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Jazz Kat

"Organs"

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Keyboard Magazine this month is dedicated to the XK1 and Xk3...with in depth interview of Joey Defrancesco talking about all the various factors.

If you're interested at all in these you MUST get this issue.

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JK,

The whole XK System, including the XK-3 (which is the brains of the unit and where all the sound is actually generated), the XK Base (ie, the second (bottom) manual (keyboard)), the XK pedal unit, the XK stand (real wood) and bench would set you back about $8000 retail. That's a lot of money, I realize. But as Red said, if you want to make this your living, then you want a good, reliable instrument that will not fight you but rather bring out your talents to their max potential. An older Hammond console in good condition would probably do the same and for less money (a good condition B3 will cost you anywhere from $3000-$5000 usually) but you have to factor in upkeep (Hammond techs are NOT cheap), moving the thing (having a big enough van/truck/trailer, etc... buying organ dollies, organ covers, etc.) and getting the organ actually in the club and to the stage. And you never know what you're getting into.

True story: First gig on our East Coast tour last October was Van Dyke's in Schenectady, NY. We get to the club, with my 1958 B3 (all 425lbs of it) and my Leslie 122, as well as all Joe's gear and Randy's set, and we walk in the door. We go to the back of the place, where there's this nice sort of enclosed patio, bar area. We ask if that's where we're playing. "Oh no. The stage is upstairs." "Is there an elevator?" "No, this building was built in 1880. There's no elevator." We had to haul that B3 up a flight of stairs, with a really nasty 90 degree turn right in the middle. To navigate past that, we had to put the organ on it's end, rotate it, and jimmy it past the railing. Then we still had another 10 stairs or so to go up.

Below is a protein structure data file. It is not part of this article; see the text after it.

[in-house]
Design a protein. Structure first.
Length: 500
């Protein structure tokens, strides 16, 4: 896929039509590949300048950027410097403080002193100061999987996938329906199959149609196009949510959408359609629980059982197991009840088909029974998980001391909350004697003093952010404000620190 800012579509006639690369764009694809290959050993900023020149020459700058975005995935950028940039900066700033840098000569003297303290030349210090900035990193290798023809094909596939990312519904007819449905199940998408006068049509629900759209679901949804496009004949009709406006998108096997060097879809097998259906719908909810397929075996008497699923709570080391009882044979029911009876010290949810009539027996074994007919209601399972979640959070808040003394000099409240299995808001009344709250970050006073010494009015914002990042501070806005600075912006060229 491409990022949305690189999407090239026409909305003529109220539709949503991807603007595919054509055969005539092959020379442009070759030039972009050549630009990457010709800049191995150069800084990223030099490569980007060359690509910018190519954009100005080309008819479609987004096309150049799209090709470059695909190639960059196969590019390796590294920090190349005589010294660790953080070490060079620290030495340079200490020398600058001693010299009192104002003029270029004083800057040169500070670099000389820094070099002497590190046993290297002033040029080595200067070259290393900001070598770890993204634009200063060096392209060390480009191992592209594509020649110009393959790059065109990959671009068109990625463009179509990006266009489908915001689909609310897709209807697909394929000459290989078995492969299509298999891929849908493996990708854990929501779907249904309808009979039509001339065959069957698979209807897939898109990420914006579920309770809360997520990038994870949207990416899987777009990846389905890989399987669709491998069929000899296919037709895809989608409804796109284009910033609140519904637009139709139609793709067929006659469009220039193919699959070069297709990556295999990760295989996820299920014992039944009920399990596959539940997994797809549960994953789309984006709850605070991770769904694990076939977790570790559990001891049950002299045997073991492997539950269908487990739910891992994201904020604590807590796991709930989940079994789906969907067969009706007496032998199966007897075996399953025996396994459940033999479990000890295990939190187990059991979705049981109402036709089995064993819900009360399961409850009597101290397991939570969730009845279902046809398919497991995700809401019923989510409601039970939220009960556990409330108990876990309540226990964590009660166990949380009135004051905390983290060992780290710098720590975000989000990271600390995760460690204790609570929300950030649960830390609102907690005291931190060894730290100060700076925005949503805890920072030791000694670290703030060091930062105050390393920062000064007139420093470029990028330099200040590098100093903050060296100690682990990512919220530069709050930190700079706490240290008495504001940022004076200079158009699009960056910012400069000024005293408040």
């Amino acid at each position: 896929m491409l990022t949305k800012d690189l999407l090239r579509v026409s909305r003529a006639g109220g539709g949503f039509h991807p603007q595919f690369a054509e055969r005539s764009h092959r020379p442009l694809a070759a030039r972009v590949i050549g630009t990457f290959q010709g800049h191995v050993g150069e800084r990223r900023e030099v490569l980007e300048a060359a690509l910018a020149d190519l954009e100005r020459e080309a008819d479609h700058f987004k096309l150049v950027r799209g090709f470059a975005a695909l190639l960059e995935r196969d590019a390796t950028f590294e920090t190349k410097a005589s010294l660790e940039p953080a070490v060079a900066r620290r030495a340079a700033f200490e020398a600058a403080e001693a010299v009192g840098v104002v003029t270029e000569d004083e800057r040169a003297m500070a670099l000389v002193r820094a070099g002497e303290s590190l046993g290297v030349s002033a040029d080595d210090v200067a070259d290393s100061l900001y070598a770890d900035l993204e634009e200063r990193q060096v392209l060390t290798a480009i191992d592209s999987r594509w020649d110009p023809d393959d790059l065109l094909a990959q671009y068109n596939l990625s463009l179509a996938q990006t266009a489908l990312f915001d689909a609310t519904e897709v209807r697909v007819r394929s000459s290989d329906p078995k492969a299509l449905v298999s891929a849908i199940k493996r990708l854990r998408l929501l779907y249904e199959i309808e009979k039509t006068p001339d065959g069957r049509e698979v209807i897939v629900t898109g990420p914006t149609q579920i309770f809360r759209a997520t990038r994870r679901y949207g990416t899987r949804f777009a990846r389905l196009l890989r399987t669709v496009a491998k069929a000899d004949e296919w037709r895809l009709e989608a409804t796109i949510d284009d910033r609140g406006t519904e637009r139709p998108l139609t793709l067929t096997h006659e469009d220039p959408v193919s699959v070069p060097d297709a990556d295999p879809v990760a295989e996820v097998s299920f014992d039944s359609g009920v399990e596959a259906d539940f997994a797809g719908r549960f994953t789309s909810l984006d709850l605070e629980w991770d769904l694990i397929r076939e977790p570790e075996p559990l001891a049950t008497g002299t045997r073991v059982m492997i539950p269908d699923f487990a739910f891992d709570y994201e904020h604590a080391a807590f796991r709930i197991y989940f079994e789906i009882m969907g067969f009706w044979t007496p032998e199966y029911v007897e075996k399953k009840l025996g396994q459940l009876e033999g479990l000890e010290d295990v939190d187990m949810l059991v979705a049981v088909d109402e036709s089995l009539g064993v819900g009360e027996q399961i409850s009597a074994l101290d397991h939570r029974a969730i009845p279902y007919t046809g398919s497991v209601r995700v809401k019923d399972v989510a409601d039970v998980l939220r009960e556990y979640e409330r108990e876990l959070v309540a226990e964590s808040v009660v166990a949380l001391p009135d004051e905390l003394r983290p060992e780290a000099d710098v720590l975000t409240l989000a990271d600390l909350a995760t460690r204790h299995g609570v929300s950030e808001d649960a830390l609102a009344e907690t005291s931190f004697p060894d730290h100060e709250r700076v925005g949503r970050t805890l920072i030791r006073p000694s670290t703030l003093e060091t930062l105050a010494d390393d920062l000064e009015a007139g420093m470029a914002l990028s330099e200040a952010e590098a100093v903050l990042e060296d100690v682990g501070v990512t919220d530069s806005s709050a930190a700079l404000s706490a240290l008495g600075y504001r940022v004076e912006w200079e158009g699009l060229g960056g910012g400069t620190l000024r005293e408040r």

Trust me, after doing that kind of work, the last things your hands want to do is play the damn instrument.

Back to the XK System. As I said, the brains of the unit is the XK-3 keyboard. This is all you need to get started. You can split the 61-note keyboard so you can play bass with the left hand (with the classic Jimmy Smith drawbar setting of 838000000) and lead/chords in the right (with whatever setting you want). It has two sets of full drawbars and a set of pedal drawbars. You can add each piece later, including the bottom manual. You can actually use any keyboard that has MIDI as a second manual if you want, which I did before I got the rest of the system. It works, but the spacing between the manuals is not right (they are very close to each other on a B3) and of course different keyboards do not have the same feel.

The XK-3 retails for $2200. You should be able to find it for under $2k. You'll need to purchase the EXP-100 expression pedal, so you can control your volume. Organs are NOT touch sensitive, so the only way to control the volume is to use an expression pedal. That will set you back another $150 or so.

When you save up a little more you can get the XK Base, which is the second manual. It looks like this:

XLK-B3-ea9097b830af533e59ecfdf6d392a5ab.JPG

The XK-3 sits on top, the bottom keyboard you see in the picture connects via MIDI and voila. There is also a stand that is sold separately. The two together (stand and base) will set you back probably another $2500.

Then there is the pedal board:

25-Pedal-1c5b1519db100f922744a12186732ccd.jpg

This is about $1900. There is also a bench, but I'm actually using my B3's bench, to save a little money. No Leslie, but you can usually find a vintage Leslie 122 (best match for this setup without buying a new Leslie) for anywhere from $800-$1000. You can use the onboard Leslie through any decent full-range keyboard amp and it will get the job done. But nothing beats a real Leslie.

If I were you, I would start with the XK-3. The XK-1 I mentioned earlier is less money (about $1500) but is not compatable with the XK System. If you don't plan on learning pedals, don't want another manual, then get that. But the nice thing about the XK-3 is that you can expand it into a full, console-style organ as your budget allows.